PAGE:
In 1575 Edmund Grindal- a Puritan- was made Archbishop of Canterbury. Elizabeth I ordered him to repress prophesying- meetings of clergy to practice preaching, but when Grindal refused on the grounds that they were useful for the Church he was directly disobeying the Queen and so had to be dealt with harshly. He was willing to apply ‘Adiaphora’ and use his position to reform the Church but he was clearly trying to exert too much influence over Elizabeth. Somerset argues that ‘if Grindal had pretended he would do as she wished, and had then evaded her orders, the odds are that Elizabeth would shortly have forgotten about the matter, but as it was, he decided on a direct confrontation with the Queen.’. The fact that ‘Grindal had in effect repudiated the Royal Supremacy’ meant Elizabeth had no choice but to deal with it that way. Neale claims that after the prophesying ‘aided by… John Field… the Presbyterian movement grew instead of diminishing in strength…’, but Warren contests that it was much less of a threat, arguing that ‘the Queen had little real cause to fear prophesying as a factor stimulating disunity’. While it is arguable that the Queen overreacted in removing Archbishop Grindal from his position of responsibility, it did serve to show that she considered it a serious threat to her authority, and therefore was a warning to others inclined to do the same.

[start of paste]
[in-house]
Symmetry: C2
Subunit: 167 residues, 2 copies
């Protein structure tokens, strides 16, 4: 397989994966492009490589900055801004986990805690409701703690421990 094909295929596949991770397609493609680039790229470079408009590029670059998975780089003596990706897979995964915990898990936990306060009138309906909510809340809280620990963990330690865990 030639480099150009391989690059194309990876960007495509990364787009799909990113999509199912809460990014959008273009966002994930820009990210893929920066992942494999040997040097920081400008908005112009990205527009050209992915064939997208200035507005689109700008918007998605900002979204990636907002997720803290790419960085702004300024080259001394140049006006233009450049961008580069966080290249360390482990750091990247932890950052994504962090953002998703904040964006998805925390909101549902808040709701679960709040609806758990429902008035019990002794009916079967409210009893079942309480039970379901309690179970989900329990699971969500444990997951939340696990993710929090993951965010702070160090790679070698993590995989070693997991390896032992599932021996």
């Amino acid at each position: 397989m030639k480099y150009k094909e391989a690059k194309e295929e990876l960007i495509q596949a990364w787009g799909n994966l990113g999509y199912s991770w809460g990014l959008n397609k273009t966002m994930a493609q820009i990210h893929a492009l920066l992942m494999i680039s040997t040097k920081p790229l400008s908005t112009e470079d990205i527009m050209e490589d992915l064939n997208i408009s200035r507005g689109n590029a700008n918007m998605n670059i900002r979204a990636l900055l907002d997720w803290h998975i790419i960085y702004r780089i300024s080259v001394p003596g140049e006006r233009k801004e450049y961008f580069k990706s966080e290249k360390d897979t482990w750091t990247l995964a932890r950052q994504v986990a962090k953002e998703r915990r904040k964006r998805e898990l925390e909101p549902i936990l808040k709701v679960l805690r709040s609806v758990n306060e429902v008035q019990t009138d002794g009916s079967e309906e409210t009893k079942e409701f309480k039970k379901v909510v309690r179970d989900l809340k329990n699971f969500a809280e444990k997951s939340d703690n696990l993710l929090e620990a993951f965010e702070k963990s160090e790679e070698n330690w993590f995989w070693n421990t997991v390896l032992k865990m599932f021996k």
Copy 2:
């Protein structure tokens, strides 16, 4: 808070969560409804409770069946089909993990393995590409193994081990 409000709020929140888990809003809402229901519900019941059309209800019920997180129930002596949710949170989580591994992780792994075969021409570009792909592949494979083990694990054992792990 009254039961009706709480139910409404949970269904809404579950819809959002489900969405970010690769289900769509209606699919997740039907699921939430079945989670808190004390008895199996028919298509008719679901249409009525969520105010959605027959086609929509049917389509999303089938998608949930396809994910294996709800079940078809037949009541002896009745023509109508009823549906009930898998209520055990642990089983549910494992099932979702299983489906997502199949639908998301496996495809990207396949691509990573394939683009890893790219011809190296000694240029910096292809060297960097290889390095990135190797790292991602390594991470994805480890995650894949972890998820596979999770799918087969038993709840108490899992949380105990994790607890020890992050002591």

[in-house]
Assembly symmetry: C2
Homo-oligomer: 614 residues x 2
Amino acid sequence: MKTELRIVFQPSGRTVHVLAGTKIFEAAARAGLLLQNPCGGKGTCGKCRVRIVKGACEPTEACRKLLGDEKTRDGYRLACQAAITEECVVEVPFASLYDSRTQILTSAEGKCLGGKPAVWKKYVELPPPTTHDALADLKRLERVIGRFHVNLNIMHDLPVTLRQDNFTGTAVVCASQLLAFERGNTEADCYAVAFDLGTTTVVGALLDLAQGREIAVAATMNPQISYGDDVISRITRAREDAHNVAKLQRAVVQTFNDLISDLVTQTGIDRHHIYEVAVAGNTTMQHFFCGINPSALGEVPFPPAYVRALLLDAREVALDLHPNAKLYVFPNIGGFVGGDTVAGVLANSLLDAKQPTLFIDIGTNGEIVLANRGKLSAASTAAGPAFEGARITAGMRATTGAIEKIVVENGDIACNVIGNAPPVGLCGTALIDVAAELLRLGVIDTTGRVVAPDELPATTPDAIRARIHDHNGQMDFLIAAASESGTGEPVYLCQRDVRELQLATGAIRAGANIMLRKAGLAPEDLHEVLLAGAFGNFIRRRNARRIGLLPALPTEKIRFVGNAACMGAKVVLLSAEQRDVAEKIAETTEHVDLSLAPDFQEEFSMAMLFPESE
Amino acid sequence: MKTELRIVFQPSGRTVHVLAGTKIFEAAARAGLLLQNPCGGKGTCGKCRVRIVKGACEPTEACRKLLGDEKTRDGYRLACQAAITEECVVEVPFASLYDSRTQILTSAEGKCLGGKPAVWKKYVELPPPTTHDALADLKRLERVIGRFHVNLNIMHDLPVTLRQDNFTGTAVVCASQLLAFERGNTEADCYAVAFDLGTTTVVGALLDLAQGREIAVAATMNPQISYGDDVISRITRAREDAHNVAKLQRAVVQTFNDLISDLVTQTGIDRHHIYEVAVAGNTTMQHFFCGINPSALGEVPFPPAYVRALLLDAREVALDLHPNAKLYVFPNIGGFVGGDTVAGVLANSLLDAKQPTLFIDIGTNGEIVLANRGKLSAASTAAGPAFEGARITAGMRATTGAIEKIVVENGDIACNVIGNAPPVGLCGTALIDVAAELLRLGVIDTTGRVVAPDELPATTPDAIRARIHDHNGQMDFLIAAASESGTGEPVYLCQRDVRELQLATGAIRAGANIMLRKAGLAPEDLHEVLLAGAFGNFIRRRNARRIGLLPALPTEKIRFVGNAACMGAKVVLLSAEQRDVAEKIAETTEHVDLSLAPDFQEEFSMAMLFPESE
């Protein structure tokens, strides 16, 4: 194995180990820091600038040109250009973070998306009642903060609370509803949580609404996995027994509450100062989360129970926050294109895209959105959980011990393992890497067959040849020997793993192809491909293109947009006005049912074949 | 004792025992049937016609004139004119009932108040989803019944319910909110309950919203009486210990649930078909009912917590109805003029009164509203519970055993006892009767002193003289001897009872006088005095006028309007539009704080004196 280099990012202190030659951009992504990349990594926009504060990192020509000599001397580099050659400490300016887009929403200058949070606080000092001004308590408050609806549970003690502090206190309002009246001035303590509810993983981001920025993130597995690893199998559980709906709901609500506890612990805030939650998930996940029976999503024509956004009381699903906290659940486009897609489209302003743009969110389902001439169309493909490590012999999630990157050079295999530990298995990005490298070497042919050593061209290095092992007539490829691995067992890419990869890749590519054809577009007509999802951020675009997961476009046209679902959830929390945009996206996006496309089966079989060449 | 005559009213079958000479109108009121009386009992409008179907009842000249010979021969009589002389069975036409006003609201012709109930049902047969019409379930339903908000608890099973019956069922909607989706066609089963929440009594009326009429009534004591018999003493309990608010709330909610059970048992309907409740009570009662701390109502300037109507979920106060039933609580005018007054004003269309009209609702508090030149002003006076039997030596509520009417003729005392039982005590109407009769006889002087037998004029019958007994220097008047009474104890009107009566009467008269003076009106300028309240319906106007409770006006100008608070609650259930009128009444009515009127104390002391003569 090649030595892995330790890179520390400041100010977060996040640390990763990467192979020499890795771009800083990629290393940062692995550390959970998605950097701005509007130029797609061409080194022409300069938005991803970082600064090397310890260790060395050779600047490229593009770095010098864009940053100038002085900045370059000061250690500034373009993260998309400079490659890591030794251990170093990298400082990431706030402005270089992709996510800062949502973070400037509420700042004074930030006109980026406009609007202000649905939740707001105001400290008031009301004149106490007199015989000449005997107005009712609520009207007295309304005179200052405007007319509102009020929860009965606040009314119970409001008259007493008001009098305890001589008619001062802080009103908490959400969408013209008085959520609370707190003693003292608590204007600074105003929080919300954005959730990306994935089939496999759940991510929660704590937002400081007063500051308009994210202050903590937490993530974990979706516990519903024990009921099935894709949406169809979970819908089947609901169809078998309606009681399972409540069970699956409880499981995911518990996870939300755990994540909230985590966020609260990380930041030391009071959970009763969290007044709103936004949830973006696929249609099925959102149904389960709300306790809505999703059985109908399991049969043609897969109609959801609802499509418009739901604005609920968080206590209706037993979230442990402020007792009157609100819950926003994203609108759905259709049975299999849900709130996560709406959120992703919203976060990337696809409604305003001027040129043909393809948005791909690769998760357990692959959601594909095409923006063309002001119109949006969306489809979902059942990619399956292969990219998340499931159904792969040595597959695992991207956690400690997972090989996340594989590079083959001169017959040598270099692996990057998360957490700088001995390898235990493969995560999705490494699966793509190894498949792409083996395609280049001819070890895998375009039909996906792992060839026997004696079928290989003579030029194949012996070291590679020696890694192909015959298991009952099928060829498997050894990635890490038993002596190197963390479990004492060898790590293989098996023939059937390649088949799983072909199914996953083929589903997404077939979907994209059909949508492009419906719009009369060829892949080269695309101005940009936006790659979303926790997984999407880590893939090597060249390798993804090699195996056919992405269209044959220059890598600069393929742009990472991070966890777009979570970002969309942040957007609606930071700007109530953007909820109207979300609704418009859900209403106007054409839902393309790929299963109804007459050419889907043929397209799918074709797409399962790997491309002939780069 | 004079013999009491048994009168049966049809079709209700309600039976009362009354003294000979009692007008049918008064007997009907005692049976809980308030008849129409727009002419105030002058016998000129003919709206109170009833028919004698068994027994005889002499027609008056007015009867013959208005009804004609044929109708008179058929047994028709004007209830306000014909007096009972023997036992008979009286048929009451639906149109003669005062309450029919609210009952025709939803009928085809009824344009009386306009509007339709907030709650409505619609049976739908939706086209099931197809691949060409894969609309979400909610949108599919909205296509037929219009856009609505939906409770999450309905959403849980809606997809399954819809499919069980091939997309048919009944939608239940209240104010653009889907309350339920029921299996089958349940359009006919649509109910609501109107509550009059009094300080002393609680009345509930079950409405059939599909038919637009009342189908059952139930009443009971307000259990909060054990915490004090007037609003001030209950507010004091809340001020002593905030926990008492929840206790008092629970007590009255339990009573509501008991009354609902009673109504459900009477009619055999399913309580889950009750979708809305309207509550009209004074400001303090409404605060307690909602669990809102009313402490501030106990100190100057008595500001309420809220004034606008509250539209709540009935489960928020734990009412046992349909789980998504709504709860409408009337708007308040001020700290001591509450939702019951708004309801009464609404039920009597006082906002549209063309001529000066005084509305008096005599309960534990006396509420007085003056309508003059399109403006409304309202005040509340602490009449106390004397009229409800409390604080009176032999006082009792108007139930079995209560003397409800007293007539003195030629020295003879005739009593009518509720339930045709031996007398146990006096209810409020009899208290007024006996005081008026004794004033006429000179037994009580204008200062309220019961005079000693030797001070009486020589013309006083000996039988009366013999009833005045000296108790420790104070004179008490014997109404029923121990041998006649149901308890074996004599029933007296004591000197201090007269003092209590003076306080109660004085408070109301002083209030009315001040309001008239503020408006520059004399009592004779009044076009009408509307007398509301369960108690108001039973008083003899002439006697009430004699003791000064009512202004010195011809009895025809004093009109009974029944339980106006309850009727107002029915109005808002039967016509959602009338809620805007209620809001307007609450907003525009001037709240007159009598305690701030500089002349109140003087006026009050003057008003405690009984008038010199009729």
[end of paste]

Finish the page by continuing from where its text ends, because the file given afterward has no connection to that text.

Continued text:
While Grindal was in disgrace, the Bishop Aylmer of London was in charge of eradicating non conformity. Under his supervision the ecclesiastical commission in charge of the Act of Uniformity and Oath of Supremacy had become very strong, with increased powers to imprison or fine. ‘Puritan sympathisers on the Council…were naturally aghast at Aylmer’s activities…The Queen, in contrast, was delighted with the way that the senior Church hierarchy was developing the machinery which would enable it to combat Puritanism without applying to her to strengthen their hand.’ Elizabeth I had clearly decided to treat all future Puritan threats extremely harshly in order to stamp it out before it became more dangerous, which is why she appointed a man well known to hate Puritans to be the next Archbishop of Canterbury- John Whitgift in 1583.